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Method for mapping dictionary values in complex list

Inputs

I have a very complicated list of list.

total_aug_rule_path_list = 
[[[[['#1_0_0', '#2_0_0', '#3_0_0'], ['#1_0_1', '#2_0_1', '#3_0_1']],
   [['#1_0_0', '#2_0_0', '#3_0_0'], ['#1_0_1', '#2_0_1', '#3_0_1']]],
  [[['#1_1_0', '#2_1_0', '#3_1_0', '#4_1_0'],
    ['#1_1_1', '#2_1_1', '#3_1_1', '#4_1_1']]]]]

And i have a dictionary that has each element of the list as a key.

sym2id_dict = {
 '#1_0_0': 1,
 '#1_0_1': 2,
 '#1_1_0': 3,
 '#1_1_1': 4,
 '#2_0_0': 5,
 '#2_0_1': 6,
 '#2_1_0': 7,
 '#2_1_1': 8,
 '#3_0_0': 9,
 '#3_0_1': 10,
 '#3_1_0': 11,
 '#3_1_1': 12,
 '#4_1_0': 13,
 '#4_1_1': 14,}

I’m going to map each element of the list to the value of the dictionary.

output

[[[[[1, 5, 9], [2, 6, 10]], [[1, 5, 9], [2, 6, 10]]],
  [[[3, 7, 11, 13], [4, 8, 12, 14]]]]]

I tried the following to use the for loop as little as possible.

list(map(lambda proofpaths_to_goal : 
list(map(lambda proofpaths_to_template :
list(map(lambda proofpath :
list(map(lambda single_augment : list(map(lambda x : sym2id_dict[x], single_augment)),  
     proofpath)), proofpaths_to_template)), proofpaths_to_goal)),total_aug_rule_path_list))

I would appreciate it if you could let me know if there is a way that is easier or more readable than this method.

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Answer

Here are a few alternatives:

Nested list comprehension

[[[[[sym2id_dict[l4] for l4 in l3] for l3 in l2] for l2 in l1] for l1 in l0] for l0 in total_aug_rule_path_list]

Though this is arguably no easier to read.

Using Numpy

This method does not work for your example list because numpy arrays must not be ragged arrays (i.e. all lists that are equally nested must have the same length). However, when you are not using ragged arrays, you can do:

import numpy as np
total_aug_rule_path_list = [[
    [[['#1_0_0', '#2_0_0', '#3_0_0'], ['#1_0_1', '#2_0_1', '#3_0_1']]],
    [[['#1_1_0', '#2_1_0', '#3_1_0'], ['#1_1_1', '#2_1_1', '#3_1_1']]]
]]
sym2id_dict = {...} # your dict here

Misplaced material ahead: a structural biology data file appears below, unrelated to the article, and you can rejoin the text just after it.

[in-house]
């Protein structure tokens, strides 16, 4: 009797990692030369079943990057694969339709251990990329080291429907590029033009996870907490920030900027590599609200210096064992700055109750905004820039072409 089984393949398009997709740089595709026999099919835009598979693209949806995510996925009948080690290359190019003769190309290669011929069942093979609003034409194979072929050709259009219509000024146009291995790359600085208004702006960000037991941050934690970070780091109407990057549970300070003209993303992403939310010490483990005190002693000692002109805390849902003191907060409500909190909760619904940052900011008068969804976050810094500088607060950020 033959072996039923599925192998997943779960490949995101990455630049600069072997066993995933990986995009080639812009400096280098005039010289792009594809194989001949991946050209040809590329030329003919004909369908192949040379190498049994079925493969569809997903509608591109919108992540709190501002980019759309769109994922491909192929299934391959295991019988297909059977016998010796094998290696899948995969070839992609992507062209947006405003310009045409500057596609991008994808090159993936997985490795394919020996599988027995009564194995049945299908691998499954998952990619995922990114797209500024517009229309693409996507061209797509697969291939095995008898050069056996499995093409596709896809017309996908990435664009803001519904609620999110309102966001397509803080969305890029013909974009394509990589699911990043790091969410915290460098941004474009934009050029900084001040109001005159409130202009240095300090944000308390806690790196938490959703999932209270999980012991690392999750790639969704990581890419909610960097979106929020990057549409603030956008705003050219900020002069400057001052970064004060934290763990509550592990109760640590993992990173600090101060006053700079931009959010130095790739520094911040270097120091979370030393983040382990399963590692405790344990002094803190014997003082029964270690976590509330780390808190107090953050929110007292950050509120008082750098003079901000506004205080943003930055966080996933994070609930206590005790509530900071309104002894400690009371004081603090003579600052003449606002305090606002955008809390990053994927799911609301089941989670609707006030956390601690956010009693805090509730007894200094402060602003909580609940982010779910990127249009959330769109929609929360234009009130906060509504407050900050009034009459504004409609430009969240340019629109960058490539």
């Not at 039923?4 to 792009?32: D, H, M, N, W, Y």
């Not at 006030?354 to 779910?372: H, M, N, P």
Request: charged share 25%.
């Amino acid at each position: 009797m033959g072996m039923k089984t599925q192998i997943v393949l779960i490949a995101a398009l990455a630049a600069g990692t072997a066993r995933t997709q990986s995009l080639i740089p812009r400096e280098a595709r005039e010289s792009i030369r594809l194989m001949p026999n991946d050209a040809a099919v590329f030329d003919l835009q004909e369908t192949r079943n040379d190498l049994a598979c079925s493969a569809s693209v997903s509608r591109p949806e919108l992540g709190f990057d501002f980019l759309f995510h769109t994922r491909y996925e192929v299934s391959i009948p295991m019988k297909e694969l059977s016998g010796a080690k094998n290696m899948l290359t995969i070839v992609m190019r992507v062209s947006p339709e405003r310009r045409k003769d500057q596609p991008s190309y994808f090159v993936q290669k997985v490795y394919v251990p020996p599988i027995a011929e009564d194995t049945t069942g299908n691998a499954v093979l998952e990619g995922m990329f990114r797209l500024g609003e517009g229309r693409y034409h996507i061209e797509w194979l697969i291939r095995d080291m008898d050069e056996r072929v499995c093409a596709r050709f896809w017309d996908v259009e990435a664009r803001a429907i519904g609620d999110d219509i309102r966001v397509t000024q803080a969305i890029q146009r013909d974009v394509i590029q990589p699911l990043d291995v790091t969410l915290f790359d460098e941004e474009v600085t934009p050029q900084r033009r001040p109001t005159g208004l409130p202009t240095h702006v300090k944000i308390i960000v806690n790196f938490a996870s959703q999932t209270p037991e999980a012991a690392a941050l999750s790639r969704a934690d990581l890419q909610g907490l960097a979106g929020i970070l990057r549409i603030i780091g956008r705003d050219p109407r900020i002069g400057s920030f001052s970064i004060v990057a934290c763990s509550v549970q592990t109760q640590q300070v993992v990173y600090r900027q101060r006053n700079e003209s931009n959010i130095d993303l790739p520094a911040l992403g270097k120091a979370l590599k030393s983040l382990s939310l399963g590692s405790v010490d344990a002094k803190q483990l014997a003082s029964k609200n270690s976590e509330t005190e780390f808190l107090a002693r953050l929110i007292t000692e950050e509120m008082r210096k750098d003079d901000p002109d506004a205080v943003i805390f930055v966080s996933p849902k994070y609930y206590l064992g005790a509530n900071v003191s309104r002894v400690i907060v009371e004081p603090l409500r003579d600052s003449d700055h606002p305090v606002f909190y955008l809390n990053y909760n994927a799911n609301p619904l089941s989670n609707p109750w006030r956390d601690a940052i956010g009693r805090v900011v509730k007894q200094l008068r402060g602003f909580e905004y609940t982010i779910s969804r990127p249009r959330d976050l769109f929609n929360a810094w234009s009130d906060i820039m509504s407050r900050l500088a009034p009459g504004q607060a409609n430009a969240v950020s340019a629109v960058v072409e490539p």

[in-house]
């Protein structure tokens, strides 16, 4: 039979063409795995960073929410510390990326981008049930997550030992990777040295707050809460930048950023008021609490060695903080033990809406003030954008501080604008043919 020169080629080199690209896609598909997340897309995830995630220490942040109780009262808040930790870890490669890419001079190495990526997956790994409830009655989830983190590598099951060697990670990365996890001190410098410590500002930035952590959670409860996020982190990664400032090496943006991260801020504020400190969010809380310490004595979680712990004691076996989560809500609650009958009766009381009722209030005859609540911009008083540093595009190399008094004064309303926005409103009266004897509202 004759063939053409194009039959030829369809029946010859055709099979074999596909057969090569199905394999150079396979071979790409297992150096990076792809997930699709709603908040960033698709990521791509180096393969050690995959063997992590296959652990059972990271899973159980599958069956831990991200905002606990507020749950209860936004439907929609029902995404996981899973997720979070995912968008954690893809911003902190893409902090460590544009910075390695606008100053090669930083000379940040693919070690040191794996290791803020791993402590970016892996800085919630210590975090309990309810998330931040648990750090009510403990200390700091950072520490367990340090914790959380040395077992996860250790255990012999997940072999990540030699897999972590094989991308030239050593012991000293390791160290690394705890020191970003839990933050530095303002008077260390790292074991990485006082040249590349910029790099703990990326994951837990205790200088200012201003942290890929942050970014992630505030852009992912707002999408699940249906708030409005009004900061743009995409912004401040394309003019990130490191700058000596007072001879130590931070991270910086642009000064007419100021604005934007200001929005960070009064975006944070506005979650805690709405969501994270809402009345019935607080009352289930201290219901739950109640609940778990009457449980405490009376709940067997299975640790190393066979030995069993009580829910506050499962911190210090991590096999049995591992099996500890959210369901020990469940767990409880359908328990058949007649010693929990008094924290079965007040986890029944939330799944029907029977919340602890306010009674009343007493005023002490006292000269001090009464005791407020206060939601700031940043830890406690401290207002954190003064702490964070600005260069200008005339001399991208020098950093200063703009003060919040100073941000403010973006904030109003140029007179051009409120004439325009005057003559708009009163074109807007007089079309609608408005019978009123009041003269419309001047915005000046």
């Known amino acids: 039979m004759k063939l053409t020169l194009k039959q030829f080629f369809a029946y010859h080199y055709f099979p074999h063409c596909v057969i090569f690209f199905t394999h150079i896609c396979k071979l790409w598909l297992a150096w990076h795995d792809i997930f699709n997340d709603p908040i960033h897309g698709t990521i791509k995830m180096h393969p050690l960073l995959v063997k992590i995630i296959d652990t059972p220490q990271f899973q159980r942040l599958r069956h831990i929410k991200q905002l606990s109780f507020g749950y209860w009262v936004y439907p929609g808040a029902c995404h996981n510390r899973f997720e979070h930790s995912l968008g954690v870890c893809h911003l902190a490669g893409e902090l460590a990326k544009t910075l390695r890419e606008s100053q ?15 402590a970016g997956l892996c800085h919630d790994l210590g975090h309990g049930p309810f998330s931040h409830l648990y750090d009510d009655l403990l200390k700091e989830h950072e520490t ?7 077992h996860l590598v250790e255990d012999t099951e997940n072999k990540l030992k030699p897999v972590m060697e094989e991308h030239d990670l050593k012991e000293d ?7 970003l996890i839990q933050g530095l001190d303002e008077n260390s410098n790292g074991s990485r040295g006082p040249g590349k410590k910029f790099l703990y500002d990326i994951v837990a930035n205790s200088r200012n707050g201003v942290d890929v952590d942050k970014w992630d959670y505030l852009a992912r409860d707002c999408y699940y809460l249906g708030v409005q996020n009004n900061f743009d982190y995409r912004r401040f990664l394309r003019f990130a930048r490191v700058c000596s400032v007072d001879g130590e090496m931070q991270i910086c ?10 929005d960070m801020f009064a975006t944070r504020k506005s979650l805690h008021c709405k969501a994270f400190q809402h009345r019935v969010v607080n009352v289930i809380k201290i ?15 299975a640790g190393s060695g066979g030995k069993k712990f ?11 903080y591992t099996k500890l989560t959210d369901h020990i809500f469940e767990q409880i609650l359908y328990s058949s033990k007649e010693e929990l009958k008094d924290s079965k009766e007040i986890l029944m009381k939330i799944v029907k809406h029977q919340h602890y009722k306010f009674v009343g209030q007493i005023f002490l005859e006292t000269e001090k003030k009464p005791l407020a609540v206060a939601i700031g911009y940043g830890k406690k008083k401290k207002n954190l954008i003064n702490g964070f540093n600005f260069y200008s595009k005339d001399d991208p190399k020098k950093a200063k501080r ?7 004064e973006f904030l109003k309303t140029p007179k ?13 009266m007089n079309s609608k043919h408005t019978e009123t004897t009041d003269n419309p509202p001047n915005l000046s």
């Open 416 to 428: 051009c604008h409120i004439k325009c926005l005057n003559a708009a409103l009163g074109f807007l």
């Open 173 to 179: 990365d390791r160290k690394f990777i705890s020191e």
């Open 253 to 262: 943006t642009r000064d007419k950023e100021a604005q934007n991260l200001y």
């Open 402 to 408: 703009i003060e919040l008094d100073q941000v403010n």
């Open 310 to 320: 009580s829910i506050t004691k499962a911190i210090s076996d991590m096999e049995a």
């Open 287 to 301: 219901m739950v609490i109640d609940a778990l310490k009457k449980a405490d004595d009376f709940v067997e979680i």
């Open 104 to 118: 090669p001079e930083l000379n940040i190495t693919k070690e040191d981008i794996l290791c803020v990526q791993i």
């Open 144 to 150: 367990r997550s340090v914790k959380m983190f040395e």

total_aug_rule_path_list_array = np.array(total_aug_rule_path_list)
print(np.vectorize(sym2id_dict.get)(total_aug_rule_path_list_array))

This applies the sym2id_dict.get function to every string in the array. You can change this to sym2id_dict._getitem__ if you want it to throw an error when the key is not in the dictionary.

Write your own recursive function

Recurse and iterate through lists

This function recurses until the input isn’t a list. This will work on lists like [1, [2, 3]]. If you want it to work on things other than lists, see here.

def vectorised_apply(f, values):
    if isinstance(values,list):
        return [vectorised_apply(f,value) for value in values]
    else:
        return f(values)

print(vectorised_apply(sym2id_dict.get, total_aug_rule_path_list))

Fixed recursion depth

This variation recurses to a fixed depth, so no isinstance checking is needed:

def vectorised_apply_n(f, values, n=0):
    if n == 0:
        return f(values)
    else:
        return [vectorised_apply_n(f, value, n=n-1) for value in values]

print(vectorised_apply_n(sym2id_dict.get, total_aug_rule_path_list, 5))

If you really want, you could use a trick with itertools.accumulate to make this fixed recursion depth function into a single expression, but it’s pretty unpythonic and hard to understand.

from itertools import accumulate

print(
    list(accumulate(
        range(5),  # do 5 times because the list is nested 5 times
        initial=lambda x: sym2id_dict[x], # base case: lookup in the dictionary
        func=lambda rec, _: lambda xs: [rec(x) for x in xs] # recursive case: build a bigger function using a previous function `rec`
    ))[-1](total_aug_rule_path_list)) # get the last function from the list
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